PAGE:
New Lawn - Weeds During Germination
Hello Experts, I have started growing a new lawn in Southern Maryland. 7 days after germination and 13 days after putting the seed down, I have started to see the attached weed throughout my lawn. They seem to be more prevalent in areas of lower germination. Do you have any advice on what to do about weeds at this stage of planting a new lawn? Thanks!! Here is a link to my lawn journal if it helps:
St. Mary's County Maryland
These are chickweed seedlings. Chickweed is an annual--what's known as a "winter annual", i.e. it germinates in the fall, keeps a low profile during the winter, which puts it in a good position to explode with growth in the spring. It is in the Weed Gallery on our website: https://extension.umd.edu/hgic/topics/common-chickweed
You cannot apply an herbicide now. Concentrate on making your new lawn as thick and vigorous as possible. If some chickweed is competing with your lawn in the spring, you can address it then. It is short-lived and mowing and a thick lawn usually is all that a lawn needs to control it.
If you have not done a soil test, do so now: https://extension.umd.edu/hgic/topics/soil-testing Your lawn may need extra fertilizer or lime. (If the pH is too low, it can have all the nutrients in the world but not be able to use them.)
Keep in mind that lawns should be fertilized every fall, or they will thin out.
Here's a good page on successful lawn management: https://extension.umd.edu/hgic/topics/lawn-renovation-and-overseeding
Ok thanks! That makes sense.
I've seen a lot of people online suggesting to use herbicides like Tenacity while starting a new lawn to prevent weeds from growing. Do you not recommend this?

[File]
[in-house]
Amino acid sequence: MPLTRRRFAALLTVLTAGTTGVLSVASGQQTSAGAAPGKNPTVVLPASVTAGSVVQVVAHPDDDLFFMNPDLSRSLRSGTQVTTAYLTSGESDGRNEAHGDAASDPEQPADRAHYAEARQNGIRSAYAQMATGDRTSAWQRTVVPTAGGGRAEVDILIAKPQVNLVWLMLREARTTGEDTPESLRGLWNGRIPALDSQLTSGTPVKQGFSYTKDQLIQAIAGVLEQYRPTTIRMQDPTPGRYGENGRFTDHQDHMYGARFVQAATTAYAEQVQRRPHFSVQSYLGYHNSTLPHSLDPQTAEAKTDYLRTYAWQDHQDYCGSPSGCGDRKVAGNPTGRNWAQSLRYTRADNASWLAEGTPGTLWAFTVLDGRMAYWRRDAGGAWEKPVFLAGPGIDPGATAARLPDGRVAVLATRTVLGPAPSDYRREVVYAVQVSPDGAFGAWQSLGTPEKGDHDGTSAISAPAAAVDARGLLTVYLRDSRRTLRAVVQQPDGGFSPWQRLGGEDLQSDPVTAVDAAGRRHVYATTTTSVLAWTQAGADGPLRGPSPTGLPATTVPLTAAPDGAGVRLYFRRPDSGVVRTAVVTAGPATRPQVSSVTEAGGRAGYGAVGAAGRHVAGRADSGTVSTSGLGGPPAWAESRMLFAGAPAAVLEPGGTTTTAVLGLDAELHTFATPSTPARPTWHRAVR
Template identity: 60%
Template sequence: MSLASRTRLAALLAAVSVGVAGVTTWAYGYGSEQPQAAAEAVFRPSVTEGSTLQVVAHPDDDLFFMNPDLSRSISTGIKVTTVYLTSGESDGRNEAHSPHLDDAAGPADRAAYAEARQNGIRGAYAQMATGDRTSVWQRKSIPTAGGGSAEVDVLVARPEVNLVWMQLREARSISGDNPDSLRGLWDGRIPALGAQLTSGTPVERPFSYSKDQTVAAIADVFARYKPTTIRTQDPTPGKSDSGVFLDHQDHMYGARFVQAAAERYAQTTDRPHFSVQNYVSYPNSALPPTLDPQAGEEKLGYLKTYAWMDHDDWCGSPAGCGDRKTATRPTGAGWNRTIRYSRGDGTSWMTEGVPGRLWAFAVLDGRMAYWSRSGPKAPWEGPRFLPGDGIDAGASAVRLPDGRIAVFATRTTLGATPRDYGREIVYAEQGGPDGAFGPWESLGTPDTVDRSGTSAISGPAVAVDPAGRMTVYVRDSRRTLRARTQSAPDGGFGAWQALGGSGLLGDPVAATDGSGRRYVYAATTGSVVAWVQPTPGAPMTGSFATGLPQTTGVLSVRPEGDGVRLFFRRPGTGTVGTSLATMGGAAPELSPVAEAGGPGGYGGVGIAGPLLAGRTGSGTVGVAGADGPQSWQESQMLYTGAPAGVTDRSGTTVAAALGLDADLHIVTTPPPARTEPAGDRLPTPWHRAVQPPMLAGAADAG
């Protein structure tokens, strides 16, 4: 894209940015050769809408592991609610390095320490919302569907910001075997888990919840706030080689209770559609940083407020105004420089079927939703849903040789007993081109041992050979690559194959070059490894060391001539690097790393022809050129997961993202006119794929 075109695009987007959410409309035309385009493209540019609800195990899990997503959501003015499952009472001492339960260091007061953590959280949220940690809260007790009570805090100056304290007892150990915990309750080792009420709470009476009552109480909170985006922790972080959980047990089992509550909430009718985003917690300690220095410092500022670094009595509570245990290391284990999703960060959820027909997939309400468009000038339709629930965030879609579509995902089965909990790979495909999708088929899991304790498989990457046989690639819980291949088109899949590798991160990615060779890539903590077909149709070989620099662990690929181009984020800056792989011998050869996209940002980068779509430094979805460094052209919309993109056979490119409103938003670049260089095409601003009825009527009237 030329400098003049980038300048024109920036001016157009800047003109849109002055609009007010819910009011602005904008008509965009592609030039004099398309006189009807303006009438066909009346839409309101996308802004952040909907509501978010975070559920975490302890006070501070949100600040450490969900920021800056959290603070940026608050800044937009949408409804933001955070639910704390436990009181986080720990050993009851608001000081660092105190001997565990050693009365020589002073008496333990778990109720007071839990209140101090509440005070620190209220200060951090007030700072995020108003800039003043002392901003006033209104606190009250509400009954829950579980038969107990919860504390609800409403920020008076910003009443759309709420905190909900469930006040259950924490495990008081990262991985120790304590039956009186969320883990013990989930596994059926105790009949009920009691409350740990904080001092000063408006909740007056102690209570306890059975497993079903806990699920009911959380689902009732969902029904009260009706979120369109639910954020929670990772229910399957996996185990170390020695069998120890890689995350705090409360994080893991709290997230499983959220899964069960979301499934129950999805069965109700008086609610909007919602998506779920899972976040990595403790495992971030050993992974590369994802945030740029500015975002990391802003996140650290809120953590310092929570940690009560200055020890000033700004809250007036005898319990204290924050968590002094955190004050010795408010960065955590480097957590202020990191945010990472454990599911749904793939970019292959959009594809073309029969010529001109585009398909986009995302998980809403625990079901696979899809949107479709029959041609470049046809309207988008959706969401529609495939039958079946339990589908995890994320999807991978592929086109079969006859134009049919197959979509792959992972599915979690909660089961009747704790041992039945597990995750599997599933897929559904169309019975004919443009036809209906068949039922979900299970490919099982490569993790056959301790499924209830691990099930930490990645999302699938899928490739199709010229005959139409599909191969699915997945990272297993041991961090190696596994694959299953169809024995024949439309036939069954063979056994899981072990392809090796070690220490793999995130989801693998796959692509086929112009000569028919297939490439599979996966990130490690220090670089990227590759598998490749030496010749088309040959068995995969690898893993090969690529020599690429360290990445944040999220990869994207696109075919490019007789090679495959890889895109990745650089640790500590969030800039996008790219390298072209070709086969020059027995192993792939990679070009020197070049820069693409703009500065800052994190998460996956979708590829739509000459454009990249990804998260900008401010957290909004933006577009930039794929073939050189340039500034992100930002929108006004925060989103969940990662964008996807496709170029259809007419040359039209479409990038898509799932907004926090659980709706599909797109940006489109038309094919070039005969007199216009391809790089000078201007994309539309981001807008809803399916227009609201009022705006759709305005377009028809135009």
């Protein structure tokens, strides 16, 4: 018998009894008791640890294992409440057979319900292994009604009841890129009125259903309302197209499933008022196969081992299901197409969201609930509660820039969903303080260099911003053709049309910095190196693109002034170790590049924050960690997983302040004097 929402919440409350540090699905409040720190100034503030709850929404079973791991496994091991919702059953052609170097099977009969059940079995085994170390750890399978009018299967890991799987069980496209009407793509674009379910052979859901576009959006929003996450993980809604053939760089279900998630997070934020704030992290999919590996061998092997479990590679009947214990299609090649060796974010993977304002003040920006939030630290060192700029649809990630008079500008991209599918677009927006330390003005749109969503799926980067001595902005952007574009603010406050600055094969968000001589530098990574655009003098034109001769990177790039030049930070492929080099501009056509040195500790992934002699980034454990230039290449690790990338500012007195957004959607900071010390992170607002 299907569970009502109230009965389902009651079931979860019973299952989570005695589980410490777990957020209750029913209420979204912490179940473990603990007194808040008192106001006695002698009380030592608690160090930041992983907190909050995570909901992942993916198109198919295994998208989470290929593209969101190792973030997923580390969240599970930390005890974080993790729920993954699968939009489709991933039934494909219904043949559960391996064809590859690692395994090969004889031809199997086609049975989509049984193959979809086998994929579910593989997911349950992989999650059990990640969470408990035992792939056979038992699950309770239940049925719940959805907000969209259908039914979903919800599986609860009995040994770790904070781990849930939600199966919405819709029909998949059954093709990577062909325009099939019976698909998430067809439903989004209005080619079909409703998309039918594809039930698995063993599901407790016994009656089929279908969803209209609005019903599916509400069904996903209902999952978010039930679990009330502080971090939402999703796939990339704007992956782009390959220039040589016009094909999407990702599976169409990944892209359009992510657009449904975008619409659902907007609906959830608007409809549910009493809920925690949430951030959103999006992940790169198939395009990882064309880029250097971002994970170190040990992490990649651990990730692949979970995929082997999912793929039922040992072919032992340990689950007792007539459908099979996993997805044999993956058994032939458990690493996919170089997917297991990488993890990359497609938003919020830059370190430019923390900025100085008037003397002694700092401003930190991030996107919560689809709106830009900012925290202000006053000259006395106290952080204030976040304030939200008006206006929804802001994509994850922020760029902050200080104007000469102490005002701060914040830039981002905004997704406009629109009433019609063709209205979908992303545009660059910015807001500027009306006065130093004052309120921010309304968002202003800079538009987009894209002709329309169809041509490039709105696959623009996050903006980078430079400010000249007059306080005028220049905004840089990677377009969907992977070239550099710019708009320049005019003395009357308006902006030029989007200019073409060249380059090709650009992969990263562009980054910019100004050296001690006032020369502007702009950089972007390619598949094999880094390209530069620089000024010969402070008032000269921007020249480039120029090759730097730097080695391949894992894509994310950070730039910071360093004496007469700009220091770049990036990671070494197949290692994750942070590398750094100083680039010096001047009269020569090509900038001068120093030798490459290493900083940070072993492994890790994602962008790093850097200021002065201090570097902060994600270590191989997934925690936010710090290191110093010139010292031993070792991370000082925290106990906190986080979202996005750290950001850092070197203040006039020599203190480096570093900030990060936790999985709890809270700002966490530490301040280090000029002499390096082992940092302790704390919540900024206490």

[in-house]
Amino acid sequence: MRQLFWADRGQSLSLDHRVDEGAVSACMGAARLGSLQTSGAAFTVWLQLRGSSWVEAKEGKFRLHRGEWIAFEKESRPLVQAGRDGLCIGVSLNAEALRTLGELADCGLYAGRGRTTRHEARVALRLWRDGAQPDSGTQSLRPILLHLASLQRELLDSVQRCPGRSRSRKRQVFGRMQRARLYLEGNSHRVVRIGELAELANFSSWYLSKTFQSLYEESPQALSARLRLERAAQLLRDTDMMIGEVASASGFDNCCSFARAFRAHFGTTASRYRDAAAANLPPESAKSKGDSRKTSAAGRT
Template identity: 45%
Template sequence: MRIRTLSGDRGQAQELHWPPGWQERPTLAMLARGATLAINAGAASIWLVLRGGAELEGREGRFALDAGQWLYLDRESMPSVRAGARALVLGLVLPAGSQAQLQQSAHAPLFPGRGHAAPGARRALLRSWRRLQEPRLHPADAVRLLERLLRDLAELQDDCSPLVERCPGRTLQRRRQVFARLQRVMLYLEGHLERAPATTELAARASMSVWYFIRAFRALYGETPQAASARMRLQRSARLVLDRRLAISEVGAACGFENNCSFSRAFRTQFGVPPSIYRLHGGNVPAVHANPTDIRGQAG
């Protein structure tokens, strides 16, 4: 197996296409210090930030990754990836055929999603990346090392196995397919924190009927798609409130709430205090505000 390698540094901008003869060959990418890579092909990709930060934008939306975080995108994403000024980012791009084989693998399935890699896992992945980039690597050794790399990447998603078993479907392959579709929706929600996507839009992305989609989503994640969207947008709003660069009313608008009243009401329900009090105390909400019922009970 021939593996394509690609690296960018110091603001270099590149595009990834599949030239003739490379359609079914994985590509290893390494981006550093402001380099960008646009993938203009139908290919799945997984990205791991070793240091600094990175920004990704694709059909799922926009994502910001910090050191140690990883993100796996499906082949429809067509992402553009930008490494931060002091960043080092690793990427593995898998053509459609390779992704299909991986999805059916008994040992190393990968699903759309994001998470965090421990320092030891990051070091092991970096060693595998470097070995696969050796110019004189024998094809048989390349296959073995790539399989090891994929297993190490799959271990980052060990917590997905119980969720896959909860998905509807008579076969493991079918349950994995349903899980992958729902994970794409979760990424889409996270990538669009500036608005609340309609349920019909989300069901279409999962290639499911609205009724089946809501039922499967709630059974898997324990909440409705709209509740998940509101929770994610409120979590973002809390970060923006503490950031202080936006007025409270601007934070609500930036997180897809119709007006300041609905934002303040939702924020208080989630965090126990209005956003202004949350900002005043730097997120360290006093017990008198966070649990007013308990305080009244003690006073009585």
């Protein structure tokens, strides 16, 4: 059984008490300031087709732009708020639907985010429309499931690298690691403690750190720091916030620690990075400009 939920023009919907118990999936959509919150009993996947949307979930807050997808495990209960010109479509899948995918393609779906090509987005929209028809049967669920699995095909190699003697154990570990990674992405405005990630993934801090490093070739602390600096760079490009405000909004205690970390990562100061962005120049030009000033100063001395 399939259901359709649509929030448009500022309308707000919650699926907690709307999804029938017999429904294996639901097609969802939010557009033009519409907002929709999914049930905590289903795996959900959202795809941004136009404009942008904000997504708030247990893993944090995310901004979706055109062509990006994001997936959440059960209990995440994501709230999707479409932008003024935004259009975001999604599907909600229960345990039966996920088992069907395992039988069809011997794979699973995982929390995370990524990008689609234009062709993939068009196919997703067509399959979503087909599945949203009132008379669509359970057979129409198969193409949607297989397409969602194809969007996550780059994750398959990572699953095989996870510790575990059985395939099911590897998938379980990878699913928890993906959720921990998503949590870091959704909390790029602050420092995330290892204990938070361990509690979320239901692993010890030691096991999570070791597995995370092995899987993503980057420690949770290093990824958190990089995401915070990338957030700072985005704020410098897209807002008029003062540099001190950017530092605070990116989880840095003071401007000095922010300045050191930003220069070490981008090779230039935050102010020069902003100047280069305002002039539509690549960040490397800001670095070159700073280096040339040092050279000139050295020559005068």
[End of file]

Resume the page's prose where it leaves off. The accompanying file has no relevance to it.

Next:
Tenacity is primarily a post-emergent (affects already-germinated weeds), though it does have some pre-emergent (affects only germinating weeds) ability as well. Its main advantage is that is allows for relatively easy over-seeding of turf, whereas many pre-emergent herbicides will kill turf seed as well as weed seed.
At this point, the turf seedlings should first reach mowing height and then be mown three times prior to any application of herbicide, so they are more mature and tolerant of the chemical exposure. (Therefore, they need to wait about three weeks if growing at the rate of needing mowing once a week.) You do still have time this season to do this if you wish. Check to make sure Chickweed is a species on the herbicide label that it works to control. You can follow-up in spring with a post-emergent for the Chickweed again, but it's not likely it will be needed as a vigorous, dense turf should out-compete them, and mowing will reduce the Chickweed's ability to flower and set seed as well.
See the final paragraph and images on this page about potential temporary discoloration to turfgrass from Tenacity: https://extension.umd.edu/hgic/topics/chemical-injury-lawns
And just to check my understanding, I was told that if the pH of my soil is too low, that the grass cannot access the nutrients (NPK). Is this true for weeds as well? Or do different plants (grass and weeds) uptake nutrients better at different pH levels, with weeds doing better in more acidic soil?
I'm a little confused about how some weeds can grow so well but my grass seems to struggle. I had a soil test and my soil is fairly acidic.
pH does influence how nutrients are able to be absorbed by plant roots, yes, and it is true that different plant species can have different abilities to absorb nutrients at different pH values. Your pH is a bit low for ideal turf conditions, so applying lime would help to raise it to a more lawn-appropriate level. Labs should provide liming recommendations, but if not, the bag of lime itself usually gives guidelines on pounds needed per thousand square feet to raise the pH from a known starting point to a given end point. (There's often a chart to follow.) Here is more liming info: